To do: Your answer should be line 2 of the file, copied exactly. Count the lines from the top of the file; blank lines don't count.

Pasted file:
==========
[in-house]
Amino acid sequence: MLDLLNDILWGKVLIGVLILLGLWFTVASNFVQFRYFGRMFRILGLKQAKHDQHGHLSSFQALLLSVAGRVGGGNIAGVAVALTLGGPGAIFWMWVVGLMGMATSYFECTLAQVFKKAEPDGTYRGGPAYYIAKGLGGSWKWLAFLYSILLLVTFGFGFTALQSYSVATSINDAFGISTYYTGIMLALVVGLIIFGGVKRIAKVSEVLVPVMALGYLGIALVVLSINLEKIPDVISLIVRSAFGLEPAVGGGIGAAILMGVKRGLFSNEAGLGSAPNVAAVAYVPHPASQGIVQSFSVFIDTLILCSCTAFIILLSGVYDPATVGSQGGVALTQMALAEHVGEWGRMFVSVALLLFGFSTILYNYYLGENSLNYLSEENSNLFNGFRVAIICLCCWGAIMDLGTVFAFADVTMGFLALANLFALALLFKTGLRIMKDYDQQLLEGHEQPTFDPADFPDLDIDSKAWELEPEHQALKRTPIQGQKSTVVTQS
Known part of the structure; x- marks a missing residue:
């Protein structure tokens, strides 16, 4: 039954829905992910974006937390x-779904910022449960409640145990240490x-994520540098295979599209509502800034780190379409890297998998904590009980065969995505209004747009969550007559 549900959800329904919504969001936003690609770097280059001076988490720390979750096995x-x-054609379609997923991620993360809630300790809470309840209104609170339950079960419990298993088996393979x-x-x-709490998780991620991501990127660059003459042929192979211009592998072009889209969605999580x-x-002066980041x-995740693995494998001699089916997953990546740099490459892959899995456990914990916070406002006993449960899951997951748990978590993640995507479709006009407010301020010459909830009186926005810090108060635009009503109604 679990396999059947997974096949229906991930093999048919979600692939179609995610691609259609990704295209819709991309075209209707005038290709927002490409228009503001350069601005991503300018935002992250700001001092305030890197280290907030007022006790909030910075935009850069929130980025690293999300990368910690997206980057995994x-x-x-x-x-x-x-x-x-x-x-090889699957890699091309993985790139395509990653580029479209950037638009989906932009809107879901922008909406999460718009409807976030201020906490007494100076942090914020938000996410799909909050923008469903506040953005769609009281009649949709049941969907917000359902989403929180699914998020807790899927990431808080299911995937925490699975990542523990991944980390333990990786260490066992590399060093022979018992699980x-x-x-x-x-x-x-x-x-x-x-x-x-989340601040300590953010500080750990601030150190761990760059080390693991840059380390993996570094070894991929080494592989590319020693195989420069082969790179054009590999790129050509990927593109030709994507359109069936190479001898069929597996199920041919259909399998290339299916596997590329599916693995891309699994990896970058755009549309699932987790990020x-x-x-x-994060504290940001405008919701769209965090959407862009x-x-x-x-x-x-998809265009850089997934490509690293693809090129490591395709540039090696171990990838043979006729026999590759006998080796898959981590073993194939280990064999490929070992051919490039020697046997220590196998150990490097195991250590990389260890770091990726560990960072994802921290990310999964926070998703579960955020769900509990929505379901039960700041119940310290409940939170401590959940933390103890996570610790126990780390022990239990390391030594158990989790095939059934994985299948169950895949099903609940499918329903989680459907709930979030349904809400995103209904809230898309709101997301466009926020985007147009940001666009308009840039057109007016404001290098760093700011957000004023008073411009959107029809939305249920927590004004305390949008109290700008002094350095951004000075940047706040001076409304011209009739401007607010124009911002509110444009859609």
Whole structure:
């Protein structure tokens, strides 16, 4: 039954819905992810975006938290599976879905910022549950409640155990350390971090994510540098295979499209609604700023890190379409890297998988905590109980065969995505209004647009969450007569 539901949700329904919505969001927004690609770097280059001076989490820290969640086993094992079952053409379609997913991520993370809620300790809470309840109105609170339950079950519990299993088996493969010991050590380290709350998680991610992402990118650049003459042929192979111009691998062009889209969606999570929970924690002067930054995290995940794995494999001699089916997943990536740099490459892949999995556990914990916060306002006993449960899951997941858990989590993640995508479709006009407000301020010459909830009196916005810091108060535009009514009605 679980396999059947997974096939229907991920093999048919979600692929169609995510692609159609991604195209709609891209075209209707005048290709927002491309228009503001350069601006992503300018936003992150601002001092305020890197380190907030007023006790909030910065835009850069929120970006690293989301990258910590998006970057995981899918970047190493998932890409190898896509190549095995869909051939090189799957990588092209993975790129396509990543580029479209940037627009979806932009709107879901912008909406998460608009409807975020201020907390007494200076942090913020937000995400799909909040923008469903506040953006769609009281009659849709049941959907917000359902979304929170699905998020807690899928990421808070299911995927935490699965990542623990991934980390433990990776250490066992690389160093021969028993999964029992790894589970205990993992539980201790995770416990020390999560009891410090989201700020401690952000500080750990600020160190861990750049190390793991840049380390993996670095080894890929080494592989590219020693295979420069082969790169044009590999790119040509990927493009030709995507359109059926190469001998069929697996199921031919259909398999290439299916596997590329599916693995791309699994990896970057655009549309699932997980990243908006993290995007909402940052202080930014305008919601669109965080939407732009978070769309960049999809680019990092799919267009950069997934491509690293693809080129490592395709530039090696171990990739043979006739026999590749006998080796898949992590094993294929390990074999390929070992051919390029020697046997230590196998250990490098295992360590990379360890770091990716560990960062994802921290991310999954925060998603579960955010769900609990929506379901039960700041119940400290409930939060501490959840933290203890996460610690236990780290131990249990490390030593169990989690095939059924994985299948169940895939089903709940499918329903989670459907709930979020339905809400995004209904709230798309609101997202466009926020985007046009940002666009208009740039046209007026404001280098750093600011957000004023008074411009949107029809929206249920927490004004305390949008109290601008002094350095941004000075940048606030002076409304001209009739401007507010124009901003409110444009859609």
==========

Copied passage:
Amino acid sequence: MLDLLNDILWGKVLIGVLILLGLWFTVASNFVQFRYFGRMFRILGLKQAKHDQHGHLSSFQALLLSVAGRVGGGNIAGVAVALTLGGPGAIFWMWVVGLMGMATSYFECTLAQVFKKAEPDGTYRGGPAYYIAKGLGGSWKWLAFLYSILLLVTFGFGFTALQSYSVATSINDAFGISTYYTGIMLALVVGLIIFGGVKRIAKVSEVLVPVMALGYLGIALVVLSINLEKIPDVISLIVRSAFGLEPAVGGGIGAAILMGVKRGLFSNEAGLGSAPNVAAVAYVPHPASQGIVQSFSVFIDTLILCSCTAFIILLSGVYDPATVGSQGGVALTQMALAEHVGEWGRMFVSVALLLFGFSTILYNYYLGENSLNYLSEENSNLFNGFRVAIICLCCWGAIMDLGTVFAFADVTMGFLALANLFALALLFKTGLRIMKDYDQQLLEGHEQPTFDPADFPDLDIDSKAWELEPEHQALKRTPIQGQKSTVVTQS